European Association of Urology. Upper urinary tract urothelial carcinoma guidelines. EAU Guidelines. Edn. presented at the EAU Annual Congress Copenhagen 2018. ISBN 978-94-92671-01-1. Available from www.uroweb.org/wp-content/uploads/Upper-Urinary-Tract-Urothelial-Carcinoma-large-text-V3.pdf (accessed April 2021).
National Institute for Health and Care Excellence (NICE). Atezolizumab for untreated PD-L1-positive locally advanced or metastatic urothelial cancer when cisplatin is unsuitable. Technology appraisal guidance (TA492). Published 06 December 2017. Last updated 12 July 2018. Available from www.nice.org.uk/guidance/TA492 (accessed April 2021)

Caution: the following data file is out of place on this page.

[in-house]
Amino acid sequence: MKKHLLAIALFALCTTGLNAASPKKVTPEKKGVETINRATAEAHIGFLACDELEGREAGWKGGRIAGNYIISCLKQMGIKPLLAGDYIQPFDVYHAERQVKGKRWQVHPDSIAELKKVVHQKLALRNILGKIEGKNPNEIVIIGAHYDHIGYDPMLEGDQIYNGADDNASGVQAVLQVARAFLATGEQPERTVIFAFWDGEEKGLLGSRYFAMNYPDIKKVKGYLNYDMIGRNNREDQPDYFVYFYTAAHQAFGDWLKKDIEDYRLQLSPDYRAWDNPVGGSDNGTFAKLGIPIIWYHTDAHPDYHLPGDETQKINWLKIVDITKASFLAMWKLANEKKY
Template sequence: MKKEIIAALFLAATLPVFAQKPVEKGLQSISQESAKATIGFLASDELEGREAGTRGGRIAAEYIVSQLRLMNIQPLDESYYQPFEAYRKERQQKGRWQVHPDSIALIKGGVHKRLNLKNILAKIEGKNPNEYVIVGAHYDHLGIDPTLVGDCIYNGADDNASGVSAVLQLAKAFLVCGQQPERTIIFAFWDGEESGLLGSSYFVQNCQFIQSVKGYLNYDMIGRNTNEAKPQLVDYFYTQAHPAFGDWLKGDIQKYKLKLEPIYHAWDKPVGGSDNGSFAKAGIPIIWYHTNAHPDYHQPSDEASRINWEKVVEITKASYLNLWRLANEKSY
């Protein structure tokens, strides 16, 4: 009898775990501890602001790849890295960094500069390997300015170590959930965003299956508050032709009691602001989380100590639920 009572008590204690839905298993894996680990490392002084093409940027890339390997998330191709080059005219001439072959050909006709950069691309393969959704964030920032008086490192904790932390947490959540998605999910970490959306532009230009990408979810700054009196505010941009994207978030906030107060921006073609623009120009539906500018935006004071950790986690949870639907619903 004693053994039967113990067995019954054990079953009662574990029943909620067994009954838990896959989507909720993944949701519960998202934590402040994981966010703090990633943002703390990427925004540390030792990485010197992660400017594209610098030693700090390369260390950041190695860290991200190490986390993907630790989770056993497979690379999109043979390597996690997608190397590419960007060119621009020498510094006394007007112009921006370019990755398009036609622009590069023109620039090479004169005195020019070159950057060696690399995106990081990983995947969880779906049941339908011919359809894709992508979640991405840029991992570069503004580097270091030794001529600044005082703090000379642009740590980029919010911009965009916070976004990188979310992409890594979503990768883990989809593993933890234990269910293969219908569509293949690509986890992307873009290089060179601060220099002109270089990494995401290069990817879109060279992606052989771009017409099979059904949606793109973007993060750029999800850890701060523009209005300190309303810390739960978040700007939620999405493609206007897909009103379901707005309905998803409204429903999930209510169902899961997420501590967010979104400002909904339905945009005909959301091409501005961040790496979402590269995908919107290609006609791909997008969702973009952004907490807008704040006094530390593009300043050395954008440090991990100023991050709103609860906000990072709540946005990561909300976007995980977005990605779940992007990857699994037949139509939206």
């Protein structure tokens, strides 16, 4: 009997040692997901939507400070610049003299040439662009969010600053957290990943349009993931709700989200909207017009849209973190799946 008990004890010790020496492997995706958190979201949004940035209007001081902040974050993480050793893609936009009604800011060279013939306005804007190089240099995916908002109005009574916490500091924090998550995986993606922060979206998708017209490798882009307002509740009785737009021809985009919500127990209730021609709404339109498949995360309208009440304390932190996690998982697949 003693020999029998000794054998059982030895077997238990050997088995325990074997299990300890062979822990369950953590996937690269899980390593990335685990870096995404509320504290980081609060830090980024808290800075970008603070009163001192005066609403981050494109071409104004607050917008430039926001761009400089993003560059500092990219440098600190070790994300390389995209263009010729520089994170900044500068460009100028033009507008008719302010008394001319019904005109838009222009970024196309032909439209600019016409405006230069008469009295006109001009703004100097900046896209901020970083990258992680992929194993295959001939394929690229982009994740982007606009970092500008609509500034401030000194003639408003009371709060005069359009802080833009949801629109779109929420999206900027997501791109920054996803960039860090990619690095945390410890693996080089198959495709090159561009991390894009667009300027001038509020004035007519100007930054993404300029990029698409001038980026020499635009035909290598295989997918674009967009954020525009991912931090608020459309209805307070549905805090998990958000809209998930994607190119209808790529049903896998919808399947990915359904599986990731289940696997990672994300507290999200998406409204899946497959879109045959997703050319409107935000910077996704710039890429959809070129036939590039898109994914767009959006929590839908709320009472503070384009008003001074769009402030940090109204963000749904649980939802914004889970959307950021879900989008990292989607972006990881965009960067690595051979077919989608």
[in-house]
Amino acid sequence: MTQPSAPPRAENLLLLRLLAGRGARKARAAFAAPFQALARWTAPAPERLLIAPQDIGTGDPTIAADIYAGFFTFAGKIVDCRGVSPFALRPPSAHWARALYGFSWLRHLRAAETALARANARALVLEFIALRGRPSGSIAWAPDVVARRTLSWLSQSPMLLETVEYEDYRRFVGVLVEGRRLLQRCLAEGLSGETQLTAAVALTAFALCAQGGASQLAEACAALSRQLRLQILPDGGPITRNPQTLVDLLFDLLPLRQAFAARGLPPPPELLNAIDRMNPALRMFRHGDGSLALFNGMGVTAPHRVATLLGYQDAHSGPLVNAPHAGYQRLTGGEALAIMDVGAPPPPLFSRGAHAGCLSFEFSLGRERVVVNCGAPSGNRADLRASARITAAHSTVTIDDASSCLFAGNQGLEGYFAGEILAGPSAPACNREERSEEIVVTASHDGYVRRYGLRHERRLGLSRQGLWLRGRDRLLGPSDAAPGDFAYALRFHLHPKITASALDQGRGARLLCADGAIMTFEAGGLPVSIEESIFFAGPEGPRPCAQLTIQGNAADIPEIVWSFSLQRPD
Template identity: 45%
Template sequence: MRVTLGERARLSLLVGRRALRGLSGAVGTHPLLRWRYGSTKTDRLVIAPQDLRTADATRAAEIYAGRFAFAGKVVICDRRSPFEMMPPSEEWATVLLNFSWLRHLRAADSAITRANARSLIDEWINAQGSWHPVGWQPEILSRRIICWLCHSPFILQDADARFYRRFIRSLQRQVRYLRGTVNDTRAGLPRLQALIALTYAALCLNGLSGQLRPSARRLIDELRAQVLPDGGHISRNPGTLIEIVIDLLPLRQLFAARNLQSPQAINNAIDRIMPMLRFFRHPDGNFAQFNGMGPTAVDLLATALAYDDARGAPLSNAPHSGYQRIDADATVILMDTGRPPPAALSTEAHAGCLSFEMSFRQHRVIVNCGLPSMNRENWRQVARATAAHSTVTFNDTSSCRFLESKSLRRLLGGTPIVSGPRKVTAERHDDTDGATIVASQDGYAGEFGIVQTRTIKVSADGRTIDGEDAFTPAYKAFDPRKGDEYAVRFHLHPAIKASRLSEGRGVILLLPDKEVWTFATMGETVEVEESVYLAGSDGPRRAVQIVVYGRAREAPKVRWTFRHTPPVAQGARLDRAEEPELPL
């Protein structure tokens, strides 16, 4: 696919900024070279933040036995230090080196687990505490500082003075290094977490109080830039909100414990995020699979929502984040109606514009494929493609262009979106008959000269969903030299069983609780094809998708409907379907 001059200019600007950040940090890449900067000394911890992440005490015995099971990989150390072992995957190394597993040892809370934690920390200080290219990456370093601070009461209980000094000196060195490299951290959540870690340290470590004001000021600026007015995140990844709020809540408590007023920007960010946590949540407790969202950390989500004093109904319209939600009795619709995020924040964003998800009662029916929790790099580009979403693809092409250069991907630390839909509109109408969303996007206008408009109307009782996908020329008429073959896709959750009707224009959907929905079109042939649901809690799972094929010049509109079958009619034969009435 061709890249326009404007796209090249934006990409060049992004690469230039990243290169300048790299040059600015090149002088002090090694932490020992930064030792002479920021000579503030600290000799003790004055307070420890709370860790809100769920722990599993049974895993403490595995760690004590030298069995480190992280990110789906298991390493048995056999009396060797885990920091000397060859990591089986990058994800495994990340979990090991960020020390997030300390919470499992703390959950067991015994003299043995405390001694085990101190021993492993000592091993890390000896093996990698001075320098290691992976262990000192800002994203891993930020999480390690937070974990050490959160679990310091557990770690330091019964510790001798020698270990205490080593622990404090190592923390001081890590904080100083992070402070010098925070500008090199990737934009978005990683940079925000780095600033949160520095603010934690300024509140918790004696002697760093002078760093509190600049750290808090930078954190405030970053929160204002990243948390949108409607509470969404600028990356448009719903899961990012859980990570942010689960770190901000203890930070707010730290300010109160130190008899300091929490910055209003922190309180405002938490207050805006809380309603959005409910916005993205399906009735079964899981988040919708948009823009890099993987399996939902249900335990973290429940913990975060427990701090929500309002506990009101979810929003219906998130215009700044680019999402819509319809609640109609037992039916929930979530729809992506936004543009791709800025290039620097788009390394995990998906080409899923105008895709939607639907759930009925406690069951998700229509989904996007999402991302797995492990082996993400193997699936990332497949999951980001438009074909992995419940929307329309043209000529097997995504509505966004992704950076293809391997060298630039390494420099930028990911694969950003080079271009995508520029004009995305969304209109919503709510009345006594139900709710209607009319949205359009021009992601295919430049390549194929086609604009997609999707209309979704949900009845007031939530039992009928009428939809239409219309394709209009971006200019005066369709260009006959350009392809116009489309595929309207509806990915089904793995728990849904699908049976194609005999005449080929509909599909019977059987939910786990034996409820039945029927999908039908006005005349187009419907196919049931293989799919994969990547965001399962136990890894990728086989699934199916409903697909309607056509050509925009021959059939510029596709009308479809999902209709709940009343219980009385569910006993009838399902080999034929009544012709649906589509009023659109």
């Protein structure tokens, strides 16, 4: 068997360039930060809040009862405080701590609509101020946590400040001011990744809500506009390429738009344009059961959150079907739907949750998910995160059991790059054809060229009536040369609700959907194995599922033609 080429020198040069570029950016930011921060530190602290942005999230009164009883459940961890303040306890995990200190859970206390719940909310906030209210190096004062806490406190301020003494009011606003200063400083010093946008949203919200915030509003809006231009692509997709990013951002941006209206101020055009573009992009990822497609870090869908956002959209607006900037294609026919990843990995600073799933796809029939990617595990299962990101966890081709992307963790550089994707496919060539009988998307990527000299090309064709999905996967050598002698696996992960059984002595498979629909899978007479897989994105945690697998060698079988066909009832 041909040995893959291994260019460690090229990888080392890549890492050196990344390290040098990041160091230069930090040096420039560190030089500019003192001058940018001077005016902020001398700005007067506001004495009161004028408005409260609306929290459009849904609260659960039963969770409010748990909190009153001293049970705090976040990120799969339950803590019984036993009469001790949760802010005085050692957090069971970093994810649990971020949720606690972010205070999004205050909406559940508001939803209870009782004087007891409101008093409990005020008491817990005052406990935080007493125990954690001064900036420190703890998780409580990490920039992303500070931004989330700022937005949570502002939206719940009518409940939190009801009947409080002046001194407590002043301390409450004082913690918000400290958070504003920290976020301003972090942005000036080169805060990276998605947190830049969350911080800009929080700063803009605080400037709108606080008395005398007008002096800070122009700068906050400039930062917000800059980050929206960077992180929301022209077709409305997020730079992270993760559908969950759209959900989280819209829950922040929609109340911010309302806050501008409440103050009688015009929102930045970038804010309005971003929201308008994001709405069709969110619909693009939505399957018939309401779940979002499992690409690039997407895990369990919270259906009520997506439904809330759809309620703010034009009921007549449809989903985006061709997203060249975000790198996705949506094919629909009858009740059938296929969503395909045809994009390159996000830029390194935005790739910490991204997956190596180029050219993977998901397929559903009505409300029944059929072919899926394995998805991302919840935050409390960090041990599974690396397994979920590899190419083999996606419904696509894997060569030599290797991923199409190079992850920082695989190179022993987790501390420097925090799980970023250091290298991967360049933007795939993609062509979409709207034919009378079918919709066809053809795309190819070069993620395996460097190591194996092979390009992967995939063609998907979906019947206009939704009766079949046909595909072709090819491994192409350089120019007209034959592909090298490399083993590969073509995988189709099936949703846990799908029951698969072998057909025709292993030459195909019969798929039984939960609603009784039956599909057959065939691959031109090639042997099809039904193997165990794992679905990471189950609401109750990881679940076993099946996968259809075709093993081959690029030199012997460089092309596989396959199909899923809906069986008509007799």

Birtle A, et al. Adjuvant chemotherapy in upper tract urothelial carcinoma (the POUT trial): a phase 3, open-label, randomised controlled trial. The Lancet, 2020; 395, 10232, 1268-1277. Available from www.thelancet.com/journals/lancet/article/PIIS0140-6736(20)30415-3/fulltext (accessed June 2021).
This information has been written, revised and edited by Macmillan Cancer Support’s Cancer Information Development team. It has been reviewed by expert medical and health professionals and people living with cancer. It has been approved by Senior Medical Editor, Dr Lisa Pickering, Consultant Medical Oncologist.
Our cancer information has been awarded the PIF TICK. Created by the Patient Information Forum, this quality mark shows we meet PIF’s 10 criteria for trustworthy health information.